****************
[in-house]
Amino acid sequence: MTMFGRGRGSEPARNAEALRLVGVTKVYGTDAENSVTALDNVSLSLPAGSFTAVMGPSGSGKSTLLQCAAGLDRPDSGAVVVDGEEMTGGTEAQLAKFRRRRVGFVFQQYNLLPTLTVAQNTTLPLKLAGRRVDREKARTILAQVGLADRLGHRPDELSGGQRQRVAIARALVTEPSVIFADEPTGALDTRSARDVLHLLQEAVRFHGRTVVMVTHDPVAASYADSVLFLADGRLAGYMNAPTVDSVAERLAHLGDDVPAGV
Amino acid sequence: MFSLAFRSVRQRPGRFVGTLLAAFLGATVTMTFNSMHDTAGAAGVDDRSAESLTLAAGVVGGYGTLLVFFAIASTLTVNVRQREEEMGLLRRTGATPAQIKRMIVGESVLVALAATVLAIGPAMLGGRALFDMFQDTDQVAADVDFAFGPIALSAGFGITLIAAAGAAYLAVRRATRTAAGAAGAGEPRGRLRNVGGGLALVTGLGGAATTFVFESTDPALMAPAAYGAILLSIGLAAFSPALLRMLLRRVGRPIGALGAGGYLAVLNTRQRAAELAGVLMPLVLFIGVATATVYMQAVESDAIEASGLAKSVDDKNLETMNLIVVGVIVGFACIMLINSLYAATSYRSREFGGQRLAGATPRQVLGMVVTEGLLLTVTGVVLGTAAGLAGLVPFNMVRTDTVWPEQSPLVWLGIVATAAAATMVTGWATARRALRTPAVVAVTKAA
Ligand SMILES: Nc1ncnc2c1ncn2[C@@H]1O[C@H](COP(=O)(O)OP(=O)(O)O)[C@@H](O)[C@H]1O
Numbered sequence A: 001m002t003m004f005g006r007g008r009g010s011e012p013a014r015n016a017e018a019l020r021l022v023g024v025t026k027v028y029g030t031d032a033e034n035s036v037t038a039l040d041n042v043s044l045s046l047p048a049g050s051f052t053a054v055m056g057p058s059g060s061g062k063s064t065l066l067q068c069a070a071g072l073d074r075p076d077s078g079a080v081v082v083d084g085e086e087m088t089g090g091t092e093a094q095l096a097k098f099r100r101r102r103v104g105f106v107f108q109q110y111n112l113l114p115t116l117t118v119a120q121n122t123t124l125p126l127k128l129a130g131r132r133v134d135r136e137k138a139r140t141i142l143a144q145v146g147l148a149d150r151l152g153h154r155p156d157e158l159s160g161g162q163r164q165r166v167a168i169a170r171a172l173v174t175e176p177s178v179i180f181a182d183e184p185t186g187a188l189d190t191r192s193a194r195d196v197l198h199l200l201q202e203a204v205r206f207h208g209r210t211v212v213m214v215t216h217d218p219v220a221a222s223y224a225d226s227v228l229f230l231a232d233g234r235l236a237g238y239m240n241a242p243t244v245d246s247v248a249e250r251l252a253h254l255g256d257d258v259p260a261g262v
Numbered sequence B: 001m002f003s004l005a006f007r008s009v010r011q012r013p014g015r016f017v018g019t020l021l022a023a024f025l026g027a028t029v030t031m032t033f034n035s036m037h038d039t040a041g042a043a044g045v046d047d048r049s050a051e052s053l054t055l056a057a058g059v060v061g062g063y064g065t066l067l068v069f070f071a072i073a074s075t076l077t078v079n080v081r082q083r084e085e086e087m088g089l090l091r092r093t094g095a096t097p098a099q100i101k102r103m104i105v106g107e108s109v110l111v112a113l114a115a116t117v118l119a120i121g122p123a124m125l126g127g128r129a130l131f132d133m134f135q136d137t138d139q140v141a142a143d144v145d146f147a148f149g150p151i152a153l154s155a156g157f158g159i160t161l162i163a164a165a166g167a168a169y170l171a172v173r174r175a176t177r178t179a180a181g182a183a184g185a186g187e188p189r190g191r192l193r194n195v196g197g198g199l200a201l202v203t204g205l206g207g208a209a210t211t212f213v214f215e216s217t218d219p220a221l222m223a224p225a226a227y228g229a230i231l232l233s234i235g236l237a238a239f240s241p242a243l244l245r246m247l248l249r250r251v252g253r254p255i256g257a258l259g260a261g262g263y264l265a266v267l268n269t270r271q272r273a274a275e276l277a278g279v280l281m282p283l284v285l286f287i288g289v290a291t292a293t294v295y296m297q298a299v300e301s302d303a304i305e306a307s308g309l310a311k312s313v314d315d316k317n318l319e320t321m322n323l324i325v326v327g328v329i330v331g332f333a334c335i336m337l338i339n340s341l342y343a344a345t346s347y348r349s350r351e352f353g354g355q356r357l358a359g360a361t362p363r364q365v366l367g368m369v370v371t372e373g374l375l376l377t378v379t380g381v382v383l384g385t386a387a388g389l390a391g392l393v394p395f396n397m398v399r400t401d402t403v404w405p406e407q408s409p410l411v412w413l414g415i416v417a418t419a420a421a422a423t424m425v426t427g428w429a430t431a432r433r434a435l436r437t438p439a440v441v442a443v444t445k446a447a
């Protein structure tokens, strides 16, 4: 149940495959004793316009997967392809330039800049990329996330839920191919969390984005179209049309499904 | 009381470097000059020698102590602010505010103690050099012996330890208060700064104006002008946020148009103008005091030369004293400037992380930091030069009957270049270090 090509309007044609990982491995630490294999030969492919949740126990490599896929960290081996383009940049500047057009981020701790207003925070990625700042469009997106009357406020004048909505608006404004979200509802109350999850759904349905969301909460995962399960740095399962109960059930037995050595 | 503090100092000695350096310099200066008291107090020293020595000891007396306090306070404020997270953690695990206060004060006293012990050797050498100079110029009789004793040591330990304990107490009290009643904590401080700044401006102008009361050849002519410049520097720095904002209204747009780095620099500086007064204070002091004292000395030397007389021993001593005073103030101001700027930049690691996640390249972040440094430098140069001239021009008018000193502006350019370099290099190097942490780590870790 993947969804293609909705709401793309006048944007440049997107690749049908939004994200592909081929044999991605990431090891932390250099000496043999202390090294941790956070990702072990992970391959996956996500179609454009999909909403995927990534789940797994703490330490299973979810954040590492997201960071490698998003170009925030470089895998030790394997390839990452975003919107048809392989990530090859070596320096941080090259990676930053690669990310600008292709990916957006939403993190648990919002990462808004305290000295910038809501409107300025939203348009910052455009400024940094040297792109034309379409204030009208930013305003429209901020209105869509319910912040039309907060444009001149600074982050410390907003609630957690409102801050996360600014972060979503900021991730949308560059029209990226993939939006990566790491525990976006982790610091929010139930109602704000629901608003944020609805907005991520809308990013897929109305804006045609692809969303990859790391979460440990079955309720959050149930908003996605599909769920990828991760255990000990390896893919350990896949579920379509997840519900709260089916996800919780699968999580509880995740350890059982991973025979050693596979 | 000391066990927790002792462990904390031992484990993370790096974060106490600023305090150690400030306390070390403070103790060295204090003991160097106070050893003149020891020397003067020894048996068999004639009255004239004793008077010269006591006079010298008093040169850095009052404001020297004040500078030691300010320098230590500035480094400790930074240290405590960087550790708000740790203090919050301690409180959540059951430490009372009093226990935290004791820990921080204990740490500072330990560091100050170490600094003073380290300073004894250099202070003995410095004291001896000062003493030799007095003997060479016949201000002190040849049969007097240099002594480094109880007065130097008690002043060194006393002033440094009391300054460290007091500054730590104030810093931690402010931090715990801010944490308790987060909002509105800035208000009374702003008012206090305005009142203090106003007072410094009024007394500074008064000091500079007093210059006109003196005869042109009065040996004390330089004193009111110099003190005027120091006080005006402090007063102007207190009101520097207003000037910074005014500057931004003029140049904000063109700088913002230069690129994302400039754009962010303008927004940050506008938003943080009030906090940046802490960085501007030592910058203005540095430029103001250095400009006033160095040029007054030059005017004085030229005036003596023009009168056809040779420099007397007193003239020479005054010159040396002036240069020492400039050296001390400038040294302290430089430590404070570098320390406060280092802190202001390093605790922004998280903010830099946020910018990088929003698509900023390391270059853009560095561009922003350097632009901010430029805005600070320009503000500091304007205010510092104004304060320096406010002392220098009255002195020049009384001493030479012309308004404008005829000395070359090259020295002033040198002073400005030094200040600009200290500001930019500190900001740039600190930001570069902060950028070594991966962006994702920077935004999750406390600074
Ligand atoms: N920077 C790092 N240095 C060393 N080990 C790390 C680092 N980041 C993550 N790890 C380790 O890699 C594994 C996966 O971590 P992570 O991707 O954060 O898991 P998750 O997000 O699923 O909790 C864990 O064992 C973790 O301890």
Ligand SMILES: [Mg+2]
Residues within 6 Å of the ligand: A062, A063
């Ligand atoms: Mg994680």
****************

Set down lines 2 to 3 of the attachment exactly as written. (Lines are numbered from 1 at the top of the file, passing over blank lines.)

Amino acid sequence: MTMFGRGRGSEPARNAEALRLVGVTKVYGTDAENSVTALDNVSLSLPAGSFTAVMGPSGSGKSTLLQCAAGLDRPDSGAVVVDGEEMTGGTEAQLAKFRRRRVGFVFQQYNLLPTLTVAQNTTLPLKLAGRRVDREKARTILAQVGLADRLGHRPDELSGGQRQRVAIARALVTEPSVIFADEPTGALDTRSARDVLHLLQEAVRFHGRTVVMVTHDPVAASYADSVLFLADGRLAGYMNAPTVDSVAERLAHLGDDVPAGV
Amino acid sequence: MFSLAFRSVRQRPGRFVGTLLAAFLGATVTMTFNSMHDTAGAAGVDDRSAESLTLAAGVVGGYGTLLVFFAIASTLTVNVRQREEEMGLLRRTGATPAQIKRMIVGESVLVALAATVLAIGPAMLGGRALFDMFQDTDQVAADVDFAFGPIALSAGFGITLIAAAGAAYLAVRRATRTAAGAAGAGEPRGRLRNVGGGLALVTGLGGAATTFVFESTDPALMAPAAYGAILLSIGLAAFSPALLRMLLRRVGRPIGALGAGGYLAVLNTRQRAAELAGVLMPLVLFIGVATATVYMQAVESDAIEASGLAKSVDDKNLETMNLIVVGVIVGFACIMLINSLYAATSYRSREFGGQRLAGATPRQVLGMVVTEGLLLTVTGVVLGTAAGLAGLVPFNMVRTDTVWPEQSPLVWLGIVATAAAATMVTGWATARRALRTPAVVAVTKAA